chemkid - 22-10-2007 at 11:16

That sounds excellent woelen. I think i will try that with a desiccator. (i have found that a simple coffee can and calcium chloride is extremely effective). Currently i am making aluminium hydroxide though. I have been able to filter the impurities so i will continue on that route. Perhaps i will acquire some high purity aluminium as well.

Thank you.

Antwain - 23-10-2007 at 05:23

A much cheaper way of doing that would be to buy alum from a garden shop and hit it with just about any base, say sodium carbonate or hydroxide

chemkid - 23-10-2007 at 11:31

Are your refering to aluminum sodium sulfate or one of the many other "Alums"?

woelen - 23-10-2007 at 12:15

The most common alum is KAl(SO4)2.12H2O, plain potassium alum.

Aluminium ion gives a hydroxide on addition of sodium carbonate. Aluminium carbonate cannot be precipitated from water. It is hydrolysed at once.

When you use sodium hydroxide, then you must adjust the amount carefully. If you add too much hydroxide, then the aluminium hydroxide redissolves again, giving aluminates. Aluminiumhydroxide is amphoteric and can act as base, and as acid. On addition of excess sodium hydroxide it acts as acid. When you try to evaporate a solution of an aluminate, then, however, it hydrolyses again, giving aluminium hydroxide.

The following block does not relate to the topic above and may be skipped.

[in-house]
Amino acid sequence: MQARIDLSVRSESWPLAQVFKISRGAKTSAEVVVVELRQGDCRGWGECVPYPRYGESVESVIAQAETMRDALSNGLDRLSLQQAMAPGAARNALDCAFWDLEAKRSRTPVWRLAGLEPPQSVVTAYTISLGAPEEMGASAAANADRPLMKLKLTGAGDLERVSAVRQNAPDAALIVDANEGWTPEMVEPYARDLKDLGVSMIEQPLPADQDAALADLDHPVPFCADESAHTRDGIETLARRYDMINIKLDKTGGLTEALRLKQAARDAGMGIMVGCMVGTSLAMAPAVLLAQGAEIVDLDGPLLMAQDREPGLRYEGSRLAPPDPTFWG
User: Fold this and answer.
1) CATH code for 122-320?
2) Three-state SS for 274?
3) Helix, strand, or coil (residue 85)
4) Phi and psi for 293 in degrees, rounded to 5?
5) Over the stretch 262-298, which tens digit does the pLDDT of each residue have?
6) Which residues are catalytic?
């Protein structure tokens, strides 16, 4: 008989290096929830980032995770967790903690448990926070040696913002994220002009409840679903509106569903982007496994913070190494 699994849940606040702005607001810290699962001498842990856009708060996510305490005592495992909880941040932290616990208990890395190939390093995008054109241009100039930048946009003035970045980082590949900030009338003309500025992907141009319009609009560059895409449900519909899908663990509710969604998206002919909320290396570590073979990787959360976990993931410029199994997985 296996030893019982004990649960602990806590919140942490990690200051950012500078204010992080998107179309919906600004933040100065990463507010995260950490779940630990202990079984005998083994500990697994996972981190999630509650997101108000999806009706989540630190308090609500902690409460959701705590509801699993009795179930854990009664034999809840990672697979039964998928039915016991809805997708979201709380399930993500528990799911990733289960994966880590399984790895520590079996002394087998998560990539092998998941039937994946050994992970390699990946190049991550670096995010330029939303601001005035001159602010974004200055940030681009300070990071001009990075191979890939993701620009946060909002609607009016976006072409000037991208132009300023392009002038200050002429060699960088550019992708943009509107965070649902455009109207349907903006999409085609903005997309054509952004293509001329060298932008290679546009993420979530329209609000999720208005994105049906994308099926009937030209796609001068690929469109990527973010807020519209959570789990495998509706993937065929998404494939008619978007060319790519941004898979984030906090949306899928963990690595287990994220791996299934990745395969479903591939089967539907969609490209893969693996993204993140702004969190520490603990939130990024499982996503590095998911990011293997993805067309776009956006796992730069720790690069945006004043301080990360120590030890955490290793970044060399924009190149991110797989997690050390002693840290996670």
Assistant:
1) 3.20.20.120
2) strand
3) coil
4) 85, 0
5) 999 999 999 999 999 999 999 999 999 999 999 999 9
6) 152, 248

kclo4 - 23-10-2007 at 17:45

Hmm, sorry if i missed a conclusion on this already, but it is only releasing H2 and NOT CO2. Because it produces Sodium Bicarbonate :)


chemkid - 23-10-2007 at 18:11

what is "it"? (if your talking about the sodium carbonate and water discussion a while back, i was totally confused and sodium carbonate does not react with water)


kclo4 - 23-10-2007 at 20:44

Yeah, earlier.
The reaction between sodium carbonate, water, and Al does not make CO2
it makes NaHCO3 instead.

497 - 24-10-2007 at 15:27

im pretty sure it ended up with the same amount of Na2CO3 as it started with. so no it doesnt make CO2 (or very much anyway). but it'd be easy to test if you wanted to know for sure.

[Edited on 24-10-2007 by 497]

woelen - 25-10-2007 at 12:58

Al, Na2CO3 and water will produce H2 and Al(OH)3, the net reaction being

2Al + 6H2O --> 2Al(OH)3 + 3H2

The carbonate only is used catalytically, it is required to make some OH(-) by means of hydrolysis, which in turn causes the Al to form H2 and hydroxide.

This reaction, however, will be painfully slow. Maybe a lot of heating of Al in a concentrated solution of Na2CO3 will give a somewhat higher reaction rate.

497 - 25-10-2007 at 20:33

oh yes its quite slow at room temp. but at 95C it goes quite nicely, ~6g Al reacted (not quite completely) in an hour or two. concentration of Na2CO3 was about 65g in 1 liter. i think the concentration could be higher and would probably go even faster.

[Edited on 25-10-2007 by 497]

ShadowWarrior4444 - 2-7-2008 at 12:57

I have recently been testing various gas generation mixtures, and came across something that I am not entirely sure of.